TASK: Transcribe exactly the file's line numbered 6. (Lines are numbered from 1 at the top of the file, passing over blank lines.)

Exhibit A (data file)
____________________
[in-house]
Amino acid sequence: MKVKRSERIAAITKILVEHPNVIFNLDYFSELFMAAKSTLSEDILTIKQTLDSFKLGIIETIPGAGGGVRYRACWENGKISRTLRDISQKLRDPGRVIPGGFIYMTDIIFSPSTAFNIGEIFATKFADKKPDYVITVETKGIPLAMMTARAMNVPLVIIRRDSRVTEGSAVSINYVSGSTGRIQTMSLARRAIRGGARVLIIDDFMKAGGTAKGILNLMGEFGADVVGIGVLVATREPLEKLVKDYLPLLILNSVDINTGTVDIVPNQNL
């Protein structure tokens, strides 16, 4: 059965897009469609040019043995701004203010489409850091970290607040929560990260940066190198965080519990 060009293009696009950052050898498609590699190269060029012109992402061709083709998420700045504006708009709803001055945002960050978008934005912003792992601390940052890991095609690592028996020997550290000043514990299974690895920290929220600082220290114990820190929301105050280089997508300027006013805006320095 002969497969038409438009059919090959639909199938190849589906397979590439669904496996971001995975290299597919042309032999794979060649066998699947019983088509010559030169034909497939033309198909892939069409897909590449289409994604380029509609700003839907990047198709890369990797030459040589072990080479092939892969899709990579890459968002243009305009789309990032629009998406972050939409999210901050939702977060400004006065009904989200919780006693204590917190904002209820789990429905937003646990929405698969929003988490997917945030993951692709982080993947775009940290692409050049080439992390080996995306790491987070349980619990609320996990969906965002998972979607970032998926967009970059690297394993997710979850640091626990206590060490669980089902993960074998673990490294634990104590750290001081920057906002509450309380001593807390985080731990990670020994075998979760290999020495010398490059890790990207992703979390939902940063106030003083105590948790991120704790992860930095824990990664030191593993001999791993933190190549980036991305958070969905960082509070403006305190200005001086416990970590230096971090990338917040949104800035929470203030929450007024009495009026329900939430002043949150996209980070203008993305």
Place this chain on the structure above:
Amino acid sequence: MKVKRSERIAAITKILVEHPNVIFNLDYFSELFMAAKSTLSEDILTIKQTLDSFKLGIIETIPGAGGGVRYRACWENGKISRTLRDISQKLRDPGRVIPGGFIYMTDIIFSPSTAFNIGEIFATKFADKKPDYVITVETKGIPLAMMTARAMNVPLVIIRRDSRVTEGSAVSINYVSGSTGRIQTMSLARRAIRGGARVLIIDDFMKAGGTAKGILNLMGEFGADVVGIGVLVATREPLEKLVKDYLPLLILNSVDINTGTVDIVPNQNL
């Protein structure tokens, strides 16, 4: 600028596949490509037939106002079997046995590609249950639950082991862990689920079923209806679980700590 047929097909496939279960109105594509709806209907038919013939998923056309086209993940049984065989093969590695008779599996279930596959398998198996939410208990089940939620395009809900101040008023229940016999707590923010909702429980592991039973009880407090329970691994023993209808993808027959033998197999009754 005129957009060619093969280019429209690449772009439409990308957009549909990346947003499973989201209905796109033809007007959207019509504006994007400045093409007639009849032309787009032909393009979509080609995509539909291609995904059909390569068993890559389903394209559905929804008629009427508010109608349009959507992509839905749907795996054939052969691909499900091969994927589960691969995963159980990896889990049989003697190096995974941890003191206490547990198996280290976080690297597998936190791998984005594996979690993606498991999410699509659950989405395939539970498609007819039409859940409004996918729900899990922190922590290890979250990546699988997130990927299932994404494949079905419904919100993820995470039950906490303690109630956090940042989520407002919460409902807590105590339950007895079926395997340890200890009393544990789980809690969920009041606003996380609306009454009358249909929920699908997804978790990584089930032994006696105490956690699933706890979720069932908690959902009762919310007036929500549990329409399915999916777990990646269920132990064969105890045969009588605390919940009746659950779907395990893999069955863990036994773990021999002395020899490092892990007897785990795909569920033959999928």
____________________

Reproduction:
């Protein structure tokens, strides 16, 4: 600028596949490509037939106002079997046995590609249950639950082991862990689920079923209806679980700590 047929097909496939279960109105594509709806209907038919013939998923056309086209993940049984065989093969590695008779599996279930596959398998198996939410208990089940939620395009809900101040008023229940016999707590923010909702429980592991039973009880407090329970691994023993209808993808027959033998197999009754 005129957009060619093969280019429209690449772009439409990308957009549909990346947003499973989201209905796109033809007007959207019509504006994007400045093409007639009849032309787009032909393009979509080609995509539909291609995904059909390569068993890559389903394209559905929804008629009427508010109608349009959507992509839905749907795996054939052969691909499900091969994927589960691969995963159980990896889990049989003697190096995974941890003191206490547990198996280290976080690297597998936190791998984005594996979690993606498991999410699509659950989405395939539970498609007819039409859940409004996918729900899990922190922590290890979250990546699988997130990927299932994404494949079905419904919100993820995470039950906490303690109630956090940042989520407002919460409902807590105590339950007895079926395997340890200890009393544990789980809690969920009041606003996380609306009454009358249909929920699908997804978790990584089930032994006696105490956690699933706890979720069932908690959902009762919310007036929500549990329409399915999916777990990646269920132990064969105890045969009588605390919940009746659950779907395990893999069955863990036994773990021999002395020899490092892990007897785990795909569920033959999928």